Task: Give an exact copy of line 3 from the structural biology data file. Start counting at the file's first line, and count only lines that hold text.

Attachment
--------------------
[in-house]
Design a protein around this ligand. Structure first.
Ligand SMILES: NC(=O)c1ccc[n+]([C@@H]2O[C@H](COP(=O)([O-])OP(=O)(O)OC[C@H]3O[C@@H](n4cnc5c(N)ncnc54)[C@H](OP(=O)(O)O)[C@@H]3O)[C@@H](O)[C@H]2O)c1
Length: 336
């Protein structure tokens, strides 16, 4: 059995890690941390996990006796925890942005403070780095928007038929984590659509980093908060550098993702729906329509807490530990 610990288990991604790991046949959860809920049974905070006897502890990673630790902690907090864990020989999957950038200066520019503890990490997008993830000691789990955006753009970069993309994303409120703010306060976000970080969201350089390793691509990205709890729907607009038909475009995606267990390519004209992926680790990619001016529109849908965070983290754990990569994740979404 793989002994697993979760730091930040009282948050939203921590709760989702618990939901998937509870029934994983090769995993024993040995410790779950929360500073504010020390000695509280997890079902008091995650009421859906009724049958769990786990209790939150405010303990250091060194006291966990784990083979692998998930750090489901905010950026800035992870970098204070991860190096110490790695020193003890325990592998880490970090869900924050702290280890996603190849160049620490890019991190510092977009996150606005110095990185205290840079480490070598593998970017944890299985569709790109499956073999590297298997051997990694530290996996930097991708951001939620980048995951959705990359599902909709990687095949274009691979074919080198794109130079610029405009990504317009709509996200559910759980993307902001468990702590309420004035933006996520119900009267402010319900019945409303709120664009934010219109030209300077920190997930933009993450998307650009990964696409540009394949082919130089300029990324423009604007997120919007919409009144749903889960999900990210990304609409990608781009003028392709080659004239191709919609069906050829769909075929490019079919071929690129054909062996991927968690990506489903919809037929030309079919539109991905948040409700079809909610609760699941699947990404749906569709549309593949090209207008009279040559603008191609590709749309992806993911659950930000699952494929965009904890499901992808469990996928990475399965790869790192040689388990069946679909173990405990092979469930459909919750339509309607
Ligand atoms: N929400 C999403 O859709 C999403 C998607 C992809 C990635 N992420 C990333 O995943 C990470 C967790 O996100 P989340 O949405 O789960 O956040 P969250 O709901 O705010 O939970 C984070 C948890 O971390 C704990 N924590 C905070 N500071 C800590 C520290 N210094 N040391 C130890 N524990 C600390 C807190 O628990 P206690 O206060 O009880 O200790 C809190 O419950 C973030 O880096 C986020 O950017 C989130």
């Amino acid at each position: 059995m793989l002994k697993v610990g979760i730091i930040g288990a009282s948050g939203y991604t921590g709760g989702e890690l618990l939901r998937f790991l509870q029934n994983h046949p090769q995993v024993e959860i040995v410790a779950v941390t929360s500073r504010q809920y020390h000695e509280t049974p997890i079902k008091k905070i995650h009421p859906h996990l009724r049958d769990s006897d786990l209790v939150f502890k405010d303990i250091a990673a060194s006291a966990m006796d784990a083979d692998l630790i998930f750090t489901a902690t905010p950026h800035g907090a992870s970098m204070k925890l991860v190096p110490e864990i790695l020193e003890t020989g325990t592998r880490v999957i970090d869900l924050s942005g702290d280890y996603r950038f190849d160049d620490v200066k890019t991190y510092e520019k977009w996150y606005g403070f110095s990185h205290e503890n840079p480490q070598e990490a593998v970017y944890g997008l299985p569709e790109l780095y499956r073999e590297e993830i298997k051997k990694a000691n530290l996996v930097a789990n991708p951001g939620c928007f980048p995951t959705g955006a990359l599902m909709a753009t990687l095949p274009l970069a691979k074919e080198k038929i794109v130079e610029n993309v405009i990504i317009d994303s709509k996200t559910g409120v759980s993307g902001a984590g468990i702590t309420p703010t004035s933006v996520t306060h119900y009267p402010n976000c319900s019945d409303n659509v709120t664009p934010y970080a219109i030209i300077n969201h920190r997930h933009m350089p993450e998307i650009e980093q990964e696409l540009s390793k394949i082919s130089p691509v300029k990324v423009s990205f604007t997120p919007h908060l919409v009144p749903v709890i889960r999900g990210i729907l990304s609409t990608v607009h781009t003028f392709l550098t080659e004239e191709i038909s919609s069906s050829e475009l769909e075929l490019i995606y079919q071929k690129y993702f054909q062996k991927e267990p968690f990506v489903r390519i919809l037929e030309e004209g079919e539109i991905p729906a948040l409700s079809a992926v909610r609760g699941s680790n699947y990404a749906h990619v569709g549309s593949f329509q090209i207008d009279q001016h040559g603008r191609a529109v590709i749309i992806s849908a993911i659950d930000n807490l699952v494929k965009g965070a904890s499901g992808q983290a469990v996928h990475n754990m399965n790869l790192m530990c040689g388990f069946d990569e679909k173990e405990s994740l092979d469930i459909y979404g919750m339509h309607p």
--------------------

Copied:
Ligand SMILES: NC(=O)c1ccc[n+]([C@@H]2O[C@H](COP(=O)([O-])OP(=O)(O)OC[C@H]3O[C@@H](n4cnc5c(N)ncnc54)[C@H](OP(=O)(O)O)[C@@H]3O)[C@@H](O)[C@H]2O)c1